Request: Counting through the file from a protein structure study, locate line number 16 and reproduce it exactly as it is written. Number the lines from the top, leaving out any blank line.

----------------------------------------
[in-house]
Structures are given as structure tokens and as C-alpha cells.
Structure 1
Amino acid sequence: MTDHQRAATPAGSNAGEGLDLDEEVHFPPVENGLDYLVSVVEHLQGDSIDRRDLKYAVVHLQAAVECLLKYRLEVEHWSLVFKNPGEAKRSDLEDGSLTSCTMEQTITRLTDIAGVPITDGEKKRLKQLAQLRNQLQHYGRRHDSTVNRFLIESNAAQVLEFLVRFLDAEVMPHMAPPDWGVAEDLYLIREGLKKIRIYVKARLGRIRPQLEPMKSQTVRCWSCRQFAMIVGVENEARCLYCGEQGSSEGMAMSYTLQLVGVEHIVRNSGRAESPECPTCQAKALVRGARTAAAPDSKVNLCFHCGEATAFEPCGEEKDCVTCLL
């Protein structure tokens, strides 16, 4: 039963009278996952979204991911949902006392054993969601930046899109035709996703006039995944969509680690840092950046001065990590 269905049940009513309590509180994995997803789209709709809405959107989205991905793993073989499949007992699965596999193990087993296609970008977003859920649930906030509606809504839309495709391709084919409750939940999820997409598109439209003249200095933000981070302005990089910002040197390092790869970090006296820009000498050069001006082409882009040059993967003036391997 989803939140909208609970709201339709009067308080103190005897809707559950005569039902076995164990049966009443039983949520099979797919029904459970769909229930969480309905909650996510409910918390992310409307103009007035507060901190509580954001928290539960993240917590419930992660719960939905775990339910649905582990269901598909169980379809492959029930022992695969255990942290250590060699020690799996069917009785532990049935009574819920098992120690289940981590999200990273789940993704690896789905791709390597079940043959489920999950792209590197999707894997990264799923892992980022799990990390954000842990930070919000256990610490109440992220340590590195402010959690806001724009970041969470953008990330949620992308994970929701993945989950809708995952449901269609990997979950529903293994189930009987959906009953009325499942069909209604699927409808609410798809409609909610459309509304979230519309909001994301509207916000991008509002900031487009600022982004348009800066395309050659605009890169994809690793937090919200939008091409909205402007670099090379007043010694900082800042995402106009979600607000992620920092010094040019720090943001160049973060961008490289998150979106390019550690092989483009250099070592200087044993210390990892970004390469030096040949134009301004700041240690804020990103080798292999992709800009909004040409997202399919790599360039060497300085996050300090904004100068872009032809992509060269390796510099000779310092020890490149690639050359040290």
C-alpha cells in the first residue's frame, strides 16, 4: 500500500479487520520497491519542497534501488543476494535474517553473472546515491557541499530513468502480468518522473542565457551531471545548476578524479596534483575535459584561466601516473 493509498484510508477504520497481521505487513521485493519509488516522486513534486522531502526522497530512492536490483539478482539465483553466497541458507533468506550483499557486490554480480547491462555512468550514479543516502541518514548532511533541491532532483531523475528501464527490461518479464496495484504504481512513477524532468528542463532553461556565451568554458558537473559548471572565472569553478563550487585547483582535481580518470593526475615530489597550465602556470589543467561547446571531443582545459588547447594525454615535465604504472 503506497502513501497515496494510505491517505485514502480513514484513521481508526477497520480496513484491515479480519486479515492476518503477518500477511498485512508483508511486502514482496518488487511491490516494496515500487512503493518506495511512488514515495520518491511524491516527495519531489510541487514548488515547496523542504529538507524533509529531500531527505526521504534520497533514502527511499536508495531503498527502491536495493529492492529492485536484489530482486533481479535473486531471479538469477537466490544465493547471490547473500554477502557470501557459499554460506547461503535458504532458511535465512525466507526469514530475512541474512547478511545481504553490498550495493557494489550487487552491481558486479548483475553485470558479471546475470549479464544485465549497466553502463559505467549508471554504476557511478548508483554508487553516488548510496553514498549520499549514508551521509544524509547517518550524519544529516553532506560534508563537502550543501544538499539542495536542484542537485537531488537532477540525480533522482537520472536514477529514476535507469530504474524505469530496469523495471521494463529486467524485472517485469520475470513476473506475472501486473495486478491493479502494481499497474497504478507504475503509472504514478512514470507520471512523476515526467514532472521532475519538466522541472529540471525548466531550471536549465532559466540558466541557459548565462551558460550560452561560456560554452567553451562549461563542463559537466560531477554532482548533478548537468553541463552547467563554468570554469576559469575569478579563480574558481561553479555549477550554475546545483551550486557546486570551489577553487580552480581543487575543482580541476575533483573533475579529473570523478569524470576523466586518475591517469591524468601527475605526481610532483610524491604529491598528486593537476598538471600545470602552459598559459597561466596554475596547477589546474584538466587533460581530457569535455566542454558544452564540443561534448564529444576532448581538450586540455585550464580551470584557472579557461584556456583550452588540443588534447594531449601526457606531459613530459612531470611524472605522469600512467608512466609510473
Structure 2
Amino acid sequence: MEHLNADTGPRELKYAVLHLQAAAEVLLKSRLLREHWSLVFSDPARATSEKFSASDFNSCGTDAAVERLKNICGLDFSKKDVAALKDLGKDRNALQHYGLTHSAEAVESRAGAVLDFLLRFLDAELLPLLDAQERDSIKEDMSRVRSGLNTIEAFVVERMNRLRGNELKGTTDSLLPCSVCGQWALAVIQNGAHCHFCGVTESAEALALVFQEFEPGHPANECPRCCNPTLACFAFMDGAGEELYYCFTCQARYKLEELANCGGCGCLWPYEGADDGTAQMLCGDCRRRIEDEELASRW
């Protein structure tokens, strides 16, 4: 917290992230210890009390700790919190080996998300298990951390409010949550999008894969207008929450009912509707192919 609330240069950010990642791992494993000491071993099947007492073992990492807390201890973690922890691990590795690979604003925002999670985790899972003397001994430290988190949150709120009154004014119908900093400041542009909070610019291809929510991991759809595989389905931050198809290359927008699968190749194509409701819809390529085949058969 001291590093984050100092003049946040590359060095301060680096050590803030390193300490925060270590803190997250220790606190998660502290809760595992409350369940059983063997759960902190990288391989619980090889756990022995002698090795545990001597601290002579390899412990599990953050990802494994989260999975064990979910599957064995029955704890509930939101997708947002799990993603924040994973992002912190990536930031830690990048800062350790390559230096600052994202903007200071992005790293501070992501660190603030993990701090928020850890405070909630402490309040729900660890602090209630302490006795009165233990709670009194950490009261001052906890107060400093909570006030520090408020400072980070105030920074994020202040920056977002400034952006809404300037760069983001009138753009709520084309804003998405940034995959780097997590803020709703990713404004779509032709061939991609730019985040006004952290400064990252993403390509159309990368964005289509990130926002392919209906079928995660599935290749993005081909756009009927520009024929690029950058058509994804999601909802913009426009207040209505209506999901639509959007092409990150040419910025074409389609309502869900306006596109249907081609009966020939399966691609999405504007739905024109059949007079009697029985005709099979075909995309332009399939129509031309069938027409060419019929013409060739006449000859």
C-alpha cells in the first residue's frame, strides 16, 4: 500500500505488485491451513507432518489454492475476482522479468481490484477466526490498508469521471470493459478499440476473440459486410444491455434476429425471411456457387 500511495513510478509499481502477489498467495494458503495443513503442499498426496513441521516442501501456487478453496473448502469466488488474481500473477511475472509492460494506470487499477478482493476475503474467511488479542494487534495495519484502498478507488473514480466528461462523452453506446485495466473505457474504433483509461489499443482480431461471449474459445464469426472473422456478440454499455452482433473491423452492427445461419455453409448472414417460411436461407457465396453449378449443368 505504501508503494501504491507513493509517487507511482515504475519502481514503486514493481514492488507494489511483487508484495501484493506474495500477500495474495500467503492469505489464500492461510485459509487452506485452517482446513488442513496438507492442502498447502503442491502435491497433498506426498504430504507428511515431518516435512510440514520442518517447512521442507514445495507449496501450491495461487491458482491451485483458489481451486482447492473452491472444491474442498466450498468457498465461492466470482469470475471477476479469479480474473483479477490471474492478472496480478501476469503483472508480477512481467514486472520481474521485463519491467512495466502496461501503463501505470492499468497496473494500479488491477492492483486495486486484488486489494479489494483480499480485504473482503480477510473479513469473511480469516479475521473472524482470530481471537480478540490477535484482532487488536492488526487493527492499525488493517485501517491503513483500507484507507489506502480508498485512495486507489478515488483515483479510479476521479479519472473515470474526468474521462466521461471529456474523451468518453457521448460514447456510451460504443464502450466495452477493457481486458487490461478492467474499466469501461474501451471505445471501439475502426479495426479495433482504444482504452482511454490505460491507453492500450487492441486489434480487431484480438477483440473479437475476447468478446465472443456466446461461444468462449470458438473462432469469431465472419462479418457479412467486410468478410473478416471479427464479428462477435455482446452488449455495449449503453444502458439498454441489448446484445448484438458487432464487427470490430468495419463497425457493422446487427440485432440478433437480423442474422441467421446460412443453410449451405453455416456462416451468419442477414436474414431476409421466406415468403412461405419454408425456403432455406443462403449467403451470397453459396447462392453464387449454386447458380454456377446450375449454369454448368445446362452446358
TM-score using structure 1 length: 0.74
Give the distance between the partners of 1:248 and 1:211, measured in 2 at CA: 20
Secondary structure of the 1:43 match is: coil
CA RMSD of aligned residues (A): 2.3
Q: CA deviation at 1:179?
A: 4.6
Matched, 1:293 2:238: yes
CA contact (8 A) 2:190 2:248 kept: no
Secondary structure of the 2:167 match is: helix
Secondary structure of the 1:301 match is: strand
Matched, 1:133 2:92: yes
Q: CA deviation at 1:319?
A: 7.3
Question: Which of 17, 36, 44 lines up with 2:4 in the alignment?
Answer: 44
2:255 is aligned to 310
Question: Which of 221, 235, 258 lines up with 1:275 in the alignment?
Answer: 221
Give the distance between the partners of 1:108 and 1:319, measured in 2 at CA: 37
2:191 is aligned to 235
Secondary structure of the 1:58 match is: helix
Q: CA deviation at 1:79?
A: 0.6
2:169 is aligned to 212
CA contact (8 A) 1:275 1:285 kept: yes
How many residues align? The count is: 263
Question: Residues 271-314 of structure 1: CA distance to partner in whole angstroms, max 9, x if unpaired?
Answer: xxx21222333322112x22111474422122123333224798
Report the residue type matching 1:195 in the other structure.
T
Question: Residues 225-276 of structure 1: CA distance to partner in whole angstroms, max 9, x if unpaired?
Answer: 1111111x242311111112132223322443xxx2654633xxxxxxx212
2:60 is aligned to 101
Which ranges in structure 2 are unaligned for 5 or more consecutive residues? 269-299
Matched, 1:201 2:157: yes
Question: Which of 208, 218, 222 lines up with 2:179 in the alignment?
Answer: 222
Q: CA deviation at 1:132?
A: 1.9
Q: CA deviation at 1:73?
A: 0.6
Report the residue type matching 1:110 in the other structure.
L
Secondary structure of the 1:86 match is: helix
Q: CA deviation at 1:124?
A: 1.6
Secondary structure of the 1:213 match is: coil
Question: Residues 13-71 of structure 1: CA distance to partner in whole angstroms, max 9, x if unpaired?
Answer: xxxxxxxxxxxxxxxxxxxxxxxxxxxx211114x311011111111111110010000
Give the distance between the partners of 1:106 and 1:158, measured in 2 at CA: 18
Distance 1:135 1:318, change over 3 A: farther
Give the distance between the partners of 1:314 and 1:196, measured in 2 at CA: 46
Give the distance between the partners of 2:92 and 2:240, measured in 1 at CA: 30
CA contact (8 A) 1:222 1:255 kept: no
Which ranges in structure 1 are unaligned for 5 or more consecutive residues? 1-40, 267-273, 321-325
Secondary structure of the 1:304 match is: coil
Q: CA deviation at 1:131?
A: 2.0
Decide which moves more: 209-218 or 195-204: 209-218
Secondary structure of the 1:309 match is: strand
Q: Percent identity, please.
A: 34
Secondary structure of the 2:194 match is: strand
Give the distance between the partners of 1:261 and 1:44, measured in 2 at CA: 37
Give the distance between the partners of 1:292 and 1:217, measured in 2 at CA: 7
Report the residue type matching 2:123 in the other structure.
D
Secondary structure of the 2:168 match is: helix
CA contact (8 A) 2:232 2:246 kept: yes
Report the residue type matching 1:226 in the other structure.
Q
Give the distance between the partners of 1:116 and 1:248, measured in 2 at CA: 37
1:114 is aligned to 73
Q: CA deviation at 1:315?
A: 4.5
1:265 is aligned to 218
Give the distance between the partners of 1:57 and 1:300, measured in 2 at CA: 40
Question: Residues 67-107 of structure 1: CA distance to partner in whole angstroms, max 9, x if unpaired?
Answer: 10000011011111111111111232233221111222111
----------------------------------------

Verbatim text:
A: 4.6